Ethiopian Food – Cooking Doro Wat

Ato Solomon and his wife, Dr. Ejignesh, who were our amazing guides to Ethiopian Easter, Fasika. Dr. Ejignesh was my lovely cooking instructor for preparing doro wat. 

 

Doro” means chicken and “wat” means stew in Amharic so doro wat literally means chicken stew. While chicken is perhaps the cheap meat in Canada and is even very common in neighboring East African countries like Kenya and Tanzania, chicken is very especial for Ethiopians. This is in part because industrialized farm meat is less common in Ethiopia and there are no supermarkets with refrigeration in Assosa. Electricity is unreliable so the fridges at the little market stores only keep water cold and that’s it. Butchers have huge slabs of cow carcasses hanging up, carving off kilo sized portions for customers but I guess it is neither feasible nor sanitary to do that for chickens. Consequently, preparing chicken takes a heck of a lot of work starting from buying a live chicken from the Saturday market and butchering it in the yard.

I went over to Ato Solomon, the Family Planning Officer at the Regional Health Bureau and the co-worker whose desk is right beside mine, and his wife, Dr. Ejignesh, on Easter Sunday. I was Dr Ejignesh assistant as she ripped off the skin and feathers of the chicken and cut up the meat into 12 pieces. These 12 pieces are different from my Western conceptualization of chicken pieces and the most important piece dedicated to the head of the household is the stomach. The chicken is then cleaned and sanitized with multiple washings. The first wash is with water, then next with soapy laundry detergent water, then next with water again and then finally put into a pot with water and limes. The lime both cleans, disinfects and apparently takes out a bit of the gamey chicken taste.

Cooking doro wat starts with frying up 2 kg of finely chopped (or pureed) onions with a generous dose of oil. After a bit of time, we added 7 heaping spoonfuls of berbery powder and fried it for a bit longer. The whole pot was simply frying onions and chili. Amazing! Dr. Ejignesh boiled three tomatoes to make it easier to peel it and then chopped it up and put it into the spicy onion along with a couple heaping spoonfuls of pureed garlic. Then, we added in the chicken pieces and then some hot water to make it more of a stew. Finally, we added in spiced butter, peeled hard boiled eggs and the rest of the garlic. We cooked it for a while longer. This whole process has taken a few hours and Solomon now sound asleep on the bed. We woke him up and then ate as the sun was setting. I was still full from the three meals I already had today but I had to eat. The meal was so incredibly spicy that the cold beer slushie we had with it went down extremely fast. I want to make this dish at home…maybe with some store bought chicken and only a couple spoonfuls of berbery.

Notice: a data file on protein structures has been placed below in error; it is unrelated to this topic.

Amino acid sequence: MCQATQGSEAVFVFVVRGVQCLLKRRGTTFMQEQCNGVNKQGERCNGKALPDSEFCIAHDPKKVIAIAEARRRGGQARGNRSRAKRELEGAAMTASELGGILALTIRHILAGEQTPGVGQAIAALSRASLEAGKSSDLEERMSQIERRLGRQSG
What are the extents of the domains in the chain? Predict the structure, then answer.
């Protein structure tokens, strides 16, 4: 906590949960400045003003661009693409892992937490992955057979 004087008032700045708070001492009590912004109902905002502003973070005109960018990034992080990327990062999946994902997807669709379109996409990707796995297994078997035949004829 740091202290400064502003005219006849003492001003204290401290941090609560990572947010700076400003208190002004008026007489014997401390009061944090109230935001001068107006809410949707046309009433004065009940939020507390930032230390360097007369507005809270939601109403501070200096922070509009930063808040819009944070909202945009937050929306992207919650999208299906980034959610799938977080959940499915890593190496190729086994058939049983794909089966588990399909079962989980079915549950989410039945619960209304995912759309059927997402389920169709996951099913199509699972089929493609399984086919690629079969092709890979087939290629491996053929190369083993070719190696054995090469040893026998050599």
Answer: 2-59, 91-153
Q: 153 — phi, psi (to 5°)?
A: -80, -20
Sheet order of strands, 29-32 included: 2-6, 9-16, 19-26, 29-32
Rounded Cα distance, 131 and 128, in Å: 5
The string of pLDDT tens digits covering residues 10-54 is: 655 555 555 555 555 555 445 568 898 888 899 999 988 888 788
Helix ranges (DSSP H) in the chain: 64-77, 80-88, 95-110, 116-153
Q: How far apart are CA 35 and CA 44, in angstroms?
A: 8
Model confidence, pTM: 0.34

From farm to table, Ethiopian style! I am assisting Dr. Ejignesh in butchering the chicken. 

 

Now to cut the chicken into the 12 pieces

 

The stomach of the chicken, the most prized part. It is carefully cleaned before cooking and reserved for the head of the household. 

 

Carefully washing the chicken meat…

 

Look at all that garlic! Yum!

 

So this is what 2kg of pureed onions look like…

 

Chili and onions…simply chili and onions…

 

Cooking all that goodness together

 

Chopping up three peeled tomatoes (boiling the tomatoes first to make for easier peeling)

 

Now finally add the chicken pieces

 

Cook and add more hot water until it is a sauce. Final stage, add in the rest of the garlic, peeled boiled eggs and spiced butter

 

Goes really well with cold beer!

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4 thoughts on “Ethiopian Food – Cooking Doro Wat

    • Yeah! Who knew the luxury of going to a supermarket and buying a couple chicken breasts! However, in Ethiopia, you know it is fresh! Your husband JUST killed the chicken and now you have to pluck it!

  1. Wow. Quite the process. To bad it’s spicy as my tummy doesn’t like that but sure sound yummy.

    Do not follow where the path may lead. Go instead where there is no path and leave a trail Emerson

    >

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